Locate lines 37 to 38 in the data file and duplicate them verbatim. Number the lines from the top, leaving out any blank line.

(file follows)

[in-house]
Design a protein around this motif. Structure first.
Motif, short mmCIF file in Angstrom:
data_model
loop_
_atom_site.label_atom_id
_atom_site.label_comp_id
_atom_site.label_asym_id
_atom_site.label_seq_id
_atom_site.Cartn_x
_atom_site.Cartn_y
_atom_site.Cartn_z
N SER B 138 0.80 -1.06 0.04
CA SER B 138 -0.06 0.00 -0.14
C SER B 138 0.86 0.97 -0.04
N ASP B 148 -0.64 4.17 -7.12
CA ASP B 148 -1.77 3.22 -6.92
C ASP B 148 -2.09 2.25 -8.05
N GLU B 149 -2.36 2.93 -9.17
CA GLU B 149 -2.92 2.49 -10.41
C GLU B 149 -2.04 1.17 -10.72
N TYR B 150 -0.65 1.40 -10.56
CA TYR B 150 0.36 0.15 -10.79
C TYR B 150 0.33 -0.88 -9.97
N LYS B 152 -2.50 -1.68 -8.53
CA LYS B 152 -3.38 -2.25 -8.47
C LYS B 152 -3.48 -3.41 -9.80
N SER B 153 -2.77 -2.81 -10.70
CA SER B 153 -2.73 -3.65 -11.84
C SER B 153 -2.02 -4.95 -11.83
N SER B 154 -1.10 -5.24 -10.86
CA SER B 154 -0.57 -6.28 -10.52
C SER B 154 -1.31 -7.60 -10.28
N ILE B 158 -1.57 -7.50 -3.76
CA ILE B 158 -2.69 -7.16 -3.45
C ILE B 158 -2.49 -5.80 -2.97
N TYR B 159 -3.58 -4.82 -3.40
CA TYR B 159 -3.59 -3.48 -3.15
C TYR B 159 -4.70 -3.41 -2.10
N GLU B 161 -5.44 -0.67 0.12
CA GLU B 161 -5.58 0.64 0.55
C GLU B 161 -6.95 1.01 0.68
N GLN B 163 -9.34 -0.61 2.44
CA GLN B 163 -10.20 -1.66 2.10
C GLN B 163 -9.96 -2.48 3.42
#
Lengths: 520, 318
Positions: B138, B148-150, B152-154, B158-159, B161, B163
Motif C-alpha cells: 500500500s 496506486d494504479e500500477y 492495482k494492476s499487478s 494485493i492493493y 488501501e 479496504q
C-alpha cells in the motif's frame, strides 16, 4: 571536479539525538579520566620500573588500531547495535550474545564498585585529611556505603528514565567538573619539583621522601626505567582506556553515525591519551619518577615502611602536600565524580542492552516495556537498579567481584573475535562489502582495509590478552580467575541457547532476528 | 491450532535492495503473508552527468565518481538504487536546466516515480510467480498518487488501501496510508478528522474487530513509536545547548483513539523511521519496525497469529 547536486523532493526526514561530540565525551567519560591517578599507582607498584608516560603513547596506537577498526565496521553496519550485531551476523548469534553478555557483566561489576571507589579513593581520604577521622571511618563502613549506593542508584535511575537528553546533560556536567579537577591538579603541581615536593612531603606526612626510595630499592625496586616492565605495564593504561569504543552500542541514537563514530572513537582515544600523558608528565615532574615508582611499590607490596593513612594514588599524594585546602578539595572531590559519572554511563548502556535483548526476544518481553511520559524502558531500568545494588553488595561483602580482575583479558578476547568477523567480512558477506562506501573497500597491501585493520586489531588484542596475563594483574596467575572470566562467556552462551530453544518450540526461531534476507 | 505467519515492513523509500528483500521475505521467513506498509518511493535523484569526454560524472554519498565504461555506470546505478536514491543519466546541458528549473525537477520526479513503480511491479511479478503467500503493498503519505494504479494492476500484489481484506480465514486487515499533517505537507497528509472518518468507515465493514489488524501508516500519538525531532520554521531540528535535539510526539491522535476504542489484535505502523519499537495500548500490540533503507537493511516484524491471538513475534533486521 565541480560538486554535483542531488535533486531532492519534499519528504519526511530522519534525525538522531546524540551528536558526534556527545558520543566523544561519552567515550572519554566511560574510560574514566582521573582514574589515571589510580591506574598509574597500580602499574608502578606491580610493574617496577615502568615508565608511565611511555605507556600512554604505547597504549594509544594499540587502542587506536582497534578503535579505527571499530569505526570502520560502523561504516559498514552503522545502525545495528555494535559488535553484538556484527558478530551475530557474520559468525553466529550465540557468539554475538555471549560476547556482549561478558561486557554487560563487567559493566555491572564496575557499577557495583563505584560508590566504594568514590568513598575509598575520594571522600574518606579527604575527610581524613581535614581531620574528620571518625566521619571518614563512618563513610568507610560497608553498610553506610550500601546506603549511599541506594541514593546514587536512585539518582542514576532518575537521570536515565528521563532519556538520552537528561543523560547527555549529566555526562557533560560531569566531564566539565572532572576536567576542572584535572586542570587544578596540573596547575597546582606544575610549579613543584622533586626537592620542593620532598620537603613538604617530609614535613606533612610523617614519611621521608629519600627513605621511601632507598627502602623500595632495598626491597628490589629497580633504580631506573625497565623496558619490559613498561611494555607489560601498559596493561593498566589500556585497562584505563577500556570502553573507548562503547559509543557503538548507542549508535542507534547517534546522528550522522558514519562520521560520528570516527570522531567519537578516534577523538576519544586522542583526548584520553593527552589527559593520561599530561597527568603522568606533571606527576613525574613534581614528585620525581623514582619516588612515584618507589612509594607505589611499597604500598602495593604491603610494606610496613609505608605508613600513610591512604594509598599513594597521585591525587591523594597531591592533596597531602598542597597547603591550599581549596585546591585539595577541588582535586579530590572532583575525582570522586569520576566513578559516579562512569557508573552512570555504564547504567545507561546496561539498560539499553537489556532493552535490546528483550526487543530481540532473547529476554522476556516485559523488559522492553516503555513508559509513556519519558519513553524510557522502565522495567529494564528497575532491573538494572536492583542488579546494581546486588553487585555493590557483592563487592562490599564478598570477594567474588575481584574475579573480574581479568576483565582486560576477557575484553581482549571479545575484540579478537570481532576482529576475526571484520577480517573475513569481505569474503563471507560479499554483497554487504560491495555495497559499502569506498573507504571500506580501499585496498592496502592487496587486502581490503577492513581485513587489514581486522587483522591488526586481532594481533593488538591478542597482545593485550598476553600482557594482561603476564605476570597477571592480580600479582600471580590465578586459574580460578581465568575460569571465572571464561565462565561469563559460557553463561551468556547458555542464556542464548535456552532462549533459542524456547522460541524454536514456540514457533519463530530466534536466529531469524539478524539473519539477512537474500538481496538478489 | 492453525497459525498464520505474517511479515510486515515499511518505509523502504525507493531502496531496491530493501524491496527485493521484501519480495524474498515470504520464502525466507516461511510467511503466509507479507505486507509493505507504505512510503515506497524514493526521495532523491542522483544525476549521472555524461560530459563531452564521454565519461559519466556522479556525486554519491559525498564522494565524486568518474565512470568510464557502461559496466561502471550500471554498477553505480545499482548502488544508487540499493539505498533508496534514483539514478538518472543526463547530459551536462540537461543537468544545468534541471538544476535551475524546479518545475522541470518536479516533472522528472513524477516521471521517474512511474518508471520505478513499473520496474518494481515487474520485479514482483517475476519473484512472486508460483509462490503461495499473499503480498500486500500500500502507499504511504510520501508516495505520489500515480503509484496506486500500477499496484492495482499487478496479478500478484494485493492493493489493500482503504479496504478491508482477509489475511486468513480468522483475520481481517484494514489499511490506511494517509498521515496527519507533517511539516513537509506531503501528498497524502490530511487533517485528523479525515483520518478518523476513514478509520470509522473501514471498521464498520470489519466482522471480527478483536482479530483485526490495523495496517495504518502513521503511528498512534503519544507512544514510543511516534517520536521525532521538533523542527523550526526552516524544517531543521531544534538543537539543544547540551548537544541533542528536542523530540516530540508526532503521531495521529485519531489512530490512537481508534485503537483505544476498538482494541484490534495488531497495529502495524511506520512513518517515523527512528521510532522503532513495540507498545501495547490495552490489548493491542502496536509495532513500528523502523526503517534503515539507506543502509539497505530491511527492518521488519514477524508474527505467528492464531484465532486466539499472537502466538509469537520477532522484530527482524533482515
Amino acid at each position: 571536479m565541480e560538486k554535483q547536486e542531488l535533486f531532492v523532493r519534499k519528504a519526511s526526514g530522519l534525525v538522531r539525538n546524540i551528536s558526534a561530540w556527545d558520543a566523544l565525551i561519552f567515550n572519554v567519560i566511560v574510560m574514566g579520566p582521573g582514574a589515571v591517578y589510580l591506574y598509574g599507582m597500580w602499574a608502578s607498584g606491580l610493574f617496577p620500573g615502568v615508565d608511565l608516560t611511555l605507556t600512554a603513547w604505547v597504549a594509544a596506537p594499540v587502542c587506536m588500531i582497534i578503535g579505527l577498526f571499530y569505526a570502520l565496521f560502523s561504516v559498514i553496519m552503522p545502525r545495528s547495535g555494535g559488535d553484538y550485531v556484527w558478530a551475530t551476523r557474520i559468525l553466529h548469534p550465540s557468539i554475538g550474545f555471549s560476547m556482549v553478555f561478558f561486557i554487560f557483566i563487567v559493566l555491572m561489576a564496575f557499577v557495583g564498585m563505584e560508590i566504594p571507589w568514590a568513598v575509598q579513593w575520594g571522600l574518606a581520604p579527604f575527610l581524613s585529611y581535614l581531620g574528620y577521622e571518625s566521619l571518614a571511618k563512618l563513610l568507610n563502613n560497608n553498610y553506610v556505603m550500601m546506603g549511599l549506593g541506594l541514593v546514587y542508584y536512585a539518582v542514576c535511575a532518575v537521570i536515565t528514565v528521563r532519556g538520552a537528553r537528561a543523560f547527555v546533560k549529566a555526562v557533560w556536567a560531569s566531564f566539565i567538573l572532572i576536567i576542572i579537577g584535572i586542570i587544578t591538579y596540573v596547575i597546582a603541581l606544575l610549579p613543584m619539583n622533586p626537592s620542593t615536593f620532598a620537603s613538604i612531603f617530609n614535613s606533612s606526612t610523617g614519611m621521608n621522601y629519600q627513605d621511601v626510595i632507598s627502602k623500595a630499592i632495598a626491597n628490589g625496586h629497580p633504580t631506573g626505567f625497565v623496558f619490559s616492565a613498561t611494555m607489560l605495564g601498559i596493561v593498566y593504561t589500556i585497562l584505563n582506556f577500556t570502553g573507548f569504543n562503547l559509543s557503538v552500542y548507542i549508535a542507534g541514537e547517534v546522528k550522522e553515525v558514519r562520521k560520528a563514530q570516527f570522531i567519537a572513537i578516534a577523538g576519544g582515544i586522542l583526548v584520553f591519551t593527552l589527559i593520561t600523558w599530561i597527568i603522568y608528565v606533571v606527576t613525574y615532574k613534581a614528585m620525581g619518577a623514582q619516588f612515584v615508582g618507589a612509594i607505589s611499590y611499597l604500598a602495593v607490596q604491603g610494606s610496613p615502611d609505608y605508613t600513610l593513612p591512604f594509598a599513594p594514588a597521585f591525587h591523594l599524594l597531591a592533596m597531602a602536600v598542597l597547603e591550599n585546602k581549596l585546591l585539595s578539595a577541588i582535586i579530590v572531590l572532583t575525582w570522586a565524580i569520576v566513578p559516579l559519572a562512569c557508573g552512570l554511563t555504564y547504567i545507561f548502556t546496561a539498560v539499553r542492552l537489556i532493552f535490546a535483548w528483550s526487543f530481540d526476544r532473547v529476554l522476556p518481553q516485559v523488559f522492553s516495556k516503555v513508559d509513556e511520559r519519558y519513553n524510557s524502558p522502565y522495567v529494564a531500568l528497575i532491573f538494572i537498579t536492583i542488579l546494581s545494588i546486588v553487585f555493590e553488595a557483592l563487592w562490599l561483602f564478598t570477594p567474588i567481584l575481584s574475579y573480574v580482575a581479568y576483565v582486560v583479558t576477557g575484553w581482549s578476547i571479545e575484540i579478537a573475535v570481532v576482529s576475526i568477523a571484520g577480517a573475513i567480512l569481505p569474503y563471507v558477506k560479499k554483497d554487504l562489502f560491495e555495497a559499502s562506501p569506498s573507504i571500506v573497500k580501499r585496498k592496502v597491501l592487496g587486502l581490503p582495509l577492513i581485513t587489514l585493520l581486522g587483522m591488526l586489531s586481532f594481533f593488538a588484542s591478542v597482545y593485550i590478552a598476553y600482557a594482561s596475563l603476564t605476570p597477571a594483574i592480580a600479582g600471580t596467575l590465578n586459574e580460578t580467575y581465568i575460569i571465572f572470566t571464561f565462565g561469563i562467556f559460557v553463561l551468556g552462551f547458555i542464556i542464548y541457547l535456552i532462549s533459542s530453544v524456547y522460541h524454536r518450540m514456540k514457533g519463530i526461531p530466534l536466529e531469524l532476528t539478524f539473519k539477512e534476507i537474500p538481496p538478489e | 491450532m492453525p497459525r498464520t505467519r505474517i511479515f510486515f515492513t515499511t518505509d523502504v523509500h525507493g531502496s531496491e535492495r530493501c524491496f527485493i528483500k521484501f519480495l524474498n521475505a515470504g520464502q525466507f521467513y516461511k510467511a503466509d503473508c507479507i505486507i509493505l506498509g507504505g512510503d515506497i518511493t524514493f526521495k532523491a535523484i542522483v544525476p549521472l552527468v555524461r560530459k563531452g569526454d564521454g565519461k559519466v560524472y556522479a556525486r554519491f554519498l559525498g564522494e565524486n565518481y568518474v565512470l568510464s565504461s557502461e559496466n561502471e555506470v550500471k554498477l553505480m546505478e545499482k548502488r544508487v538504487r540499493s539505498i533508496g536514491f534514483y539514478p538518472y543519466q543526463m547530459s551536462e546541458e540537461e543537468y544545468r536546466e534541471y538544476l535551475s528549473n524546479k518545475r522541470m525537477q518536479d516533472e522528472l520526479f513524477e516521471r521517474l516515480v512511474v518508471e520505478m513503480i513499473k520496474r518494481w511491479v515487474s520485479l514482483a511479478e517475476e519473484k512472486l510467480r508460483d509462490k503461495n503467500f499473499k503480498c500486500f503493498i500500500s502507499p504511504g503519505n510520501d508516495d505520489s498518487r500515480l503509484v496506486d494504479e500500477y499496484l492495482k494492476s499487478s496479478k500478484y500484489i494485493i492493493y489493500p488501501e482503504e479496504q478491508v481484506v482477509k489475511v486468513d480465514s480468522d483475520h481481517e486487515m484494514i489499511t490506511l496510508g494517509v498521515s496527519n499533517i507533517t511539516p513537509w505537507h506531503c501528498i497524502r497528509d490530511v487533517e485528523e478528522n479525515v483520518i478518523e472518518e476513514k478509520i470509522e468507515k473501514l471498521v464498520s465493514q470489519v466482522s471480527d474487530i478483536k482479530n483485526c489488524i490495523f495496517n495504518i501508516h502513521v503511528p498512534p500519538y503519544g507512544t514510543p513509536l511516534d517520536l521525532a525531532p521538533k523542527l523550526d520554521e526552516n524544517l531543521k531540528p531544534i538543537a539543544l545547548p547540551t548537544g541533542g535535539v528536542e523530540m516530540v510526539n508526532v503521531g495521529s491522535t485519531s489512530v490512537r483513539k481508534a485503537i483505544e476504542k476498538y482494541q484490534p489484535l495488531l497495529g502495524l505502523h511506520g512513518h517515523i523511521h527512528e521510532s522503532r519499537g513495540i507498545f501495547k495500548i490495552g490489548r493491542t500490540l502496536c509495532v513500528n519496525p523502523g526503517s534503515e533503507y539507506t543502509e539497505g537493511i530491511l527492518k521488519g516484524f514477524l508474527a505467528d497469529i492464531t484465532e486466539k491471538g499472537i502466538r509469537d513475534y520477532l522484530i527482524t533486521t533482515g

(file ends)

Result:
N TYR B 159 -3.58 -4.82 -3.40
CA TYR B 159 -3.59 -3.48 -3.15